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Art library lets you ‘borrow’ pictures

Did you know you can ‘borrow’ French art to display at your home or office just as you borrow a book from a library?

The brainchild of writer and politician André Malraux, who was Georges Pompidou’s culture minister, the first so-called artothèque (art library) was founded in 1961 in Le Havre, Normandy and the first permanent dedicated art library appeared seven years later in Grenoble.

Today, there are around 40 public art libraries in towns and cities across the country, while a number of private businesses have also sprung up offering similar services.

It opens up art to more people and some artists have even set up their own smaller operations with others to “stop their work getting dusty in a storeroom” as one phrased it.

Working like a normal book library (bibliothèque), artworks are available for a relatively moderate fee to members of the public as well as businesses, organisations and schools. Works such as paintings and sculptures are available to be displayed in offices, classrooms or homes.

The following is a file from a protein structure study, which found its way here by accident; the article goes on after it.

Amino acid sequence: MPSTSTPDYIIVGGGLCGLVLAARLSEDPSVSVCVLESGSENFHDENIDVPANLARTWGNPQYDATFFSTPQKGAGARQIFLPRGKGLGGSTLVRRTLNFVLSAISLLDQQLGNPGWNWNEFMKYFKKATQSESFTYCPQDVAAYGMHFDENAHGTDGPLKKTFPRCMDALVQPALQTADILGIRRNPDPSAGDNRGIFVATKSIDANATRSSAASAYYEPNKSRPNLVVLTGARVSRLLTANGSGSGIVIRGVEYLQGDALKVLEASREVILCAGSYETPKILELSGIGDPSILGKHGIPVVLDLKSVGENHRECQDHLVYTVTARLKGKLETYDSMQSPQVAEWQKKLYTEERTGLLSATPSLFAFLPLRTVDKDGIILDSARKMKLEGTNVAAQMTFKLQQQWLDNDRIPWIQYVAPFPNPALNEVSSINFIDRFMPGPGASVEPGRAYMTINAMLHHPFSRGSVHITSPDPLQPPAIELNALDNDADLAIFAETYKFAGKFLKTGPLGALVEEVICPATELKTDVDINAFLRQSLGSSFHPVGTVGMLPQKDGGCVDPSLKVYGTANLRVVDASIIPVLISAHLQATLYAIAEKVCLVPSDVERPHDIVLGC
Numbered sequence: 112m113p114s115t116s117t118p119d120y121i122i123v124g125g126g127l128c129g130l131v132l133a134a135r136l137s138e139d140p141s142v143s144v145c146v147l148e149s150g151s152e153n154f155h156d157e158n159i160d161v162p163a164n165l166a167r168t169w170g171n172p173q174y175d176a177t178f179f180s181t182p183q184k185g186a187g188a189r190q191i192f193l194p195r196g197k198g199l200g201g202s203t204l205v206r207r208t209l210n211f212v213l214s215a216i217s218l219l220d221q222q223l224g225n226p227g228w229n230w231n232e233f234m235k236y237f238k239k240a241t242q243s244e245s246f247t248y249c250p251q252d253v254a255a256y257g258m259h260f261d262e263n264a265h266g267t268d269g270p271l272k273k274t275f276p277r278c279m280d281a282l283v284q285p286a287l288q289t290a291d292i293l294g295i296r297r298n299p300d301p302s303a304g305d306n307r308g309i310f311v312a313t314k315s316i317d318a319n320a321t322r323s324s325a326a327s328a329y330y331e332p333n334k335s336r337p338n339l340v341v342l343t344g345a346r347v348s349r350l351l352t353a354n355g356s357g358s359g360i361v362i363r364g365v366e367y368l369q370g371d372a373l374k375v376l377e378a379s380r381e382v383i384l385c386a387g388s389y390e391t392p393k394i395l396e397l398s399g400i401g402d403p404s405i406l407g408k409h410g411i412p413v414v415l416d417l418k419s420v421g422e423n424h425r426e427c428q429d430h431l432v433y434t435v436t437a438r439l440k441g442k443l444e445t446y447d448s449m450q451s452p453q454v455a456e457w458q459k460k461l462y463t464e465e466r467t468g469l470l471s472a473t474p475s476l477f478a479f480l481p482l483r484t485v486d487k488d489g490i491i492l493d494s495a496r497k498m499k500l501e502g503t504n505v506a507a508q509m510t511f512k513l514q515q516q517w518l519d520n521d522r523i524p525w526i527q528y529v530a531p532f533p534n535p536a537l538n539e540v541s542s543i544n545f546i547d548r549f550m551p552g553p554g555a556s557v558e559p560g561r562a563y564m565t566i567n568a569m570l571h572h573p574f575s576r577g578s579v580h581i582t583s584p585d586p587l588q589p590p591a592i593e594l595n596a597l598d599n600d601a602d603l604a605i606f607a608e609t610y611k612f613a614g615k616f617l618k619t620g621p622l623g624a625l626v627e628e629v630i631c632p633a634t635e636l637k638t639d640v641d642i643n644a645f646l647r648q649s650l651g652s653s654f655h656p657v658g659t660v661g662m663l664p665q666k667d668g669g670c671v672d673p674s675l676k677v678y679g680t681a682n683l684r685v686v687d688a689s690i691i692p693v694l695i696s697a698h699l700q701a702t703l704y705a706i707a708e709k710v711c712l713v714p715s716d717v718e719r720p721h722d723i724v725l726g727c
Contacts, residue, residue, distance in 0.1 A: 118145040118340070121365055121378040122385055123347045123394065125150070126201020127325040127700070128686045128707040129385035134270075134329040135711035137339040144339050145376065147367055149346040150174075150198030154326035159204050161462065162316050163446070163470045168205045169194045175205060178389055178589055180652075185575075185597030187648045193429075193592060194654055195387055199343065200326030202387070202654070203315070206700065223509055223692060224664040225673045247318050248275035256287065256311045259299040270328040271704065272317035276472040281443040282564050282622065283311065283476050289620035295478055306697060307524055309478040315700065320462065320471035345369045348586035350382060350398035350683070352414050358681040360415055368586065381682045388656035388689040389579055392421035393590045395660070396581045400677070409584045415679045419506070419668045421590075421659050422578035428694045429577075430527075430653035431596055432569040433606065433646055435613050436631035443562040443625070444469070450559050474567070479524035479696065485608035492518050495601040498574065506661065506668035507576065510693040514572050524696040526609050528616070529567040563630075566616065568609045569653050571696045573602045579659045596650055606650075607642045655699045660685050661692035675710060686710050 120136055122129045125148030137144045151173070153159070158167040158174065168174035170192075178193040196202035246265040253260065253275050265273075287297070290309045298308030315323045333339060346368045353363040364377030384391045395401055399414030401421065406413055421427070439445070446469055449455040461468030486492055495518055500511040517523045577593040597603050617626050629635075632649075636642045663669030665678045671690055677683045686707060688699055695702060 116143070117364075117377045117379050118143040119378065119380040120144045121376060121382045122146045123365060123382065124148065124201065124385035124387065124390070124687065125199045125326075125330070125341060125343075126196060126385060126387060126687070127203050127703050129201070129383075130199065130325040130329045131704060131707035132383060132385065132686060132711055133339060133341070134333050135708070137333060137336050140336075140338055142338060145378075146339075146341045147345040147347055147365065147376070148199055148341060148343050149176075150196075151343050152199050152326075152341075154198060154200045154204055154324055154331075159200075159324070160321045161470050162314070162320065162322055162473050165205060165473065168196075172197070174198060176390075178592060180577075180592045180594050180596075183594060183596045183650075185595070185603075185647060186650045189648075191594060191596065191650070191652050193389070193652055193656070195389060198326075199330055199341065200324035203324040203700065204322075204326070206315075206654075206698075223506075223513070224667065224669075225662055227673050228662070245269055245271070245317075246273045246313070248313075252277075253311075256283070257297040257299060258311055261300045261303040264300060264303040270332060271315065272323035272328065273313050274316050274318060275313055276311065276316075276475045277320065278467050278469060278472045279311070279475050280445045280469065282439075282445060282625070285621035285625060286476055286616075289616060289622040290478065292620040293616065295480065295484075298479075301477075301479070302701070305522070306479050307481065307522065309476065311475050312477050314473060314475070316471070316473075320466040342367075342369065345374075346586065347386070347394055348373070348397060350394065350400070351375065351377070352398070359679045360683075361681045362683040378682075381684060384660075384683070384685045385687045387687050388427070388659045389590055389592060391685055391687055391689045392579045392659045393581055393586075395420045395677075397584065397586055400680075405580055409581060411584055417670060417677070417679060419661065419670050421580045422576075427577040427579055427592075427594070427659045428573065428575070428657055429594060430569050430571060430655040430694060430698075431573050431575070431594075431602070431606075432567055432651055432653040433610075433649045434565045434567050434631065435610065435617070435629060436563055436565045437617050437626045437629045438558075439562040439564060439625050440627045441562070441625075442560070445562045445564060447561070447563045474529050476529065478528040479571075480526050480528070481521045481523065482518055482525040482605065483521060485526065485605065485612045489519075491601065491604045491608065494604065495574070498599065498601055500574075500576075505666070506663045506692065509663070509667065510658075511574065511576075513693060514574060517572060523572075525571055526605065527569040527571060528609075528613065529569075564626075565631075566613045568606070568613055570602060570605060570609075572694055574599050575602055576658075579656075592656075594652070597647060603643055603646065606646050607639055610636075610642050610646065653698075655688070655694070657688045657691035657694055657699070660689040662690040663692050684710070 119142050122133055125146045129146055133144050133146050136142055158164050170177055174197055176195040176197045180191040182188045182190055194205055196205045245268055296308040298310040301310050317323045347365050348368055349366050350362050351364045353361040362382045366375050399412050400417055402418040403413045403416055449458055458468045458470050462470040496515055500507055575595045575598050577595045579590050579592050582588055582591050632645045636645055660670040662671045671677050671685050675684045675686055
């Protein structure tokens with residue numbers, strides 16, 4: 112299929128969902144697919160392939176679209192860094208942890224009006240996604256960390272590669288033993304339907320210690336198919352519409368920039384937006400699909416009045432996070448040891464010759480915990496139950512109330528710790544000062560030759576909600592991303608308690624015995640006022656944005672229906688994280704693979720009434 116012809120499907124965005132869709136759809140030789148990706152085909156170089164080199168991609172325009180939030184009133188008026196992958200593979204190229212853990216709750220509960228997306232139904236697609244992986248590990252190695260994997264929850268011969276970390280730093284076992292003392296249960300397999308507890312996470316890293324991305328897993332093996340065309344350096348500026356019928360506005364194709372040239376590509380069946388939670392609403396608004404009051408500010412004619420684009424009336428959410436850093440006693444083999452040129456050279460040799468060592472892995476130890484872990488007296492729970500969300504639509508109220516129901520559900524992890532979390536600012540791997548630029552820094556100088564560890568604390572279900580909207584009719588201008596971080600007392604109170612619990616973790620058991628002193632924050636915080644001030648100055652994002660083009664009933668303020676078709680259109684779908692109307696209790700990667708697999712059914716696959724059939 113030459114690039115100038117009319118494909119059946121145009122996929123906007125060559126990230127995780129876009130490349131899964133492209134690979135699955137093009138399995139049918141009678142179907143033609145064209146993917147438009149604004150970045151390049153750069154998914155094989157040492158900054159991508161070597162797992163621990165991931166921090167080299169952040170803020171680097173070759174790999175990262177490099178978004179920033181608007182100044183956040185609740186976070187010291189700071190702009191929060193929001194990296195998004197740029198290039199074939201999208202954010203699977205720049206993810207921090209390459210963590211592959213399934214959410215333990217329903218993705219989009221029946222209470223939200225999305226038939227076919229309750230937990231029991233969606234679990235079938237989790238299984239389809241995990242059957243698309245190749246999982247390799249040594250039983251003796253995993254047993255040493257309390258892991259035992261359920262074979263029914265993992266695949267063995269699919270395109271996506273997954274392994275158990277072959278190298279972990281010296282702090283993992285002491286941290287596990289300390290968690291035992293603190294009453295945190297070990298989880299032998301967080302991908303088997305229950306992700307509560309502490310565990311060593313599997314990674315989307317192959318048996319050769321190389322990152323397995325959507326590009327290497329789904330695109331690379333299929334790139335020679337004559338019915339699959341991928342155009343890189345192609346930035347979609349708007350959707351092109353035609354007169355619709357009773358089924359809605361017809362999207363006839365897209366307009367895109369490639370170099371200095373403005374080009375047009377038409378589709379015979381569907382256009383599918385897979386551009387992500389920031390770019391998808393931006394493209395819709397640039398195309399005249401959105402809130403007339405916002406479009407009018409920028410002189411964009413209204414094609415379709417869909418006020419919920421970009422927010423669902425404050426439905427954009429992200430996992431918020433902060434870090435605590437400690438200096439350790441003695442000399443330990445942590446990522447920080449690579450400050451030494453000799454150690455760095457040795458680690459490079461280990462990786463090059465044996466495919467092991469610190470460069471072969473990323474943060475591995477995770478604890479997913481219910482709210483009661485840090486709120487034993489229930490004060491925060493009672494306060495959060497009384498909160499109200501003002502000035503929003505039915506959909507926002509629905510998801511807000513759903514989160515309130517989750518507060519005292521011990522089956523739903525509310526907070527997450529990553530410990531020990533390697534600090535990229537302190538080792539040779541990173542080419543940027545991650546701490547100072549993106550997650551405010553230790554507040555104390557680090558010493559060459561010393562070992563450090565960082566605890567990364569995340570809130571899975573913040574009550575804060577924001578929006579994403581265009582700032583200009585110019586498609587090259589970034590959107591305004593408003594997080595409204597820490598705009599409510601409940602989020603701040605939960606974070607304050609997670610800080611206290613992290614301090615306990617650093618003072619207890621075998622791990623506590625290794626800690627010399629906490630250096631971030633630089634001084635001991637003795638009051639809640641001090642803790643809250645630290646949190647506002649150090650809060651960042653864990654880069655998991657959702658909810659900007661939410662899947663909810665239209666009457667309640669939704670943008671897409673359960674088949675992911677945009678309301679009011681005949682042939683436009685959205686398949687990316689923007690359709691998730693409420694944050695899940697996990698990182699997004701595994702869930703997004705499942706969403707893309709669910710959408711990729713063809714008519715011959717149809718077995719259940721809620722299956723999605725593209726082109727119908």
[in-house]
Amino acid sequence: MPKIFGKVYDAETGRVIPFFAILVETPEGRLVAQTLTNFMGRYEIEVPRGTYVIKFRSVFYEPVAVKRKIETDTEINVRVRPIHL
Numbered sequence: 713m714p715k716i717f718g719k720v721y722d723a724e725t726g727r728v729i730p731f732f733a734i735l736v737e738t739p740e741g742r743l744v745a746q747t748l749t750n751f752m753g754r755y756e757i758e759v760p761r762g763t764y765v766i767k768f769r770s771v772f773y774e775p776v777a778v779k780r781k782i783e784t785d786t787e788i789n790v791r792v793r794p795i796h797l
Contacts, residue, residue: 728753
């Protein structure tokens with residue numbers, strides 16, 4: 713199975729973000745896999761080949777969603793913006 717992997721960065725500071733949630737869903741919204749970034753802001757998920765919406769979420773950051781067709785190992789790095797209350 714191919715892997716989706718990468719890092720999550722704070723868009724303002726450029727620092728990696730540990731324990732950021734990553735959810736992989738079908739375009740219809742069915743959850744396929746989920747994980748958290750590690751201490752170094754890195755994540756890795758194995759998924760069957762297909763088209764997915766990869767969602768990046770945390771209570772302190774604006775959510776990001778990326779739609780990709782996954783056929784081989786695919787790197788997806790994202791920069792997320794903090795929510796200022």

Borrowing two pieces from the Médiathèque François Mitterrand in Poitiers for 60 days will cost from €45 while Artothèque à Montpellier offers two works for €25 a month.

Once the loan period ends borrowers return the works to replace with others.

The website at artotheques-adra.com  has more information and a map of many of the libraries.

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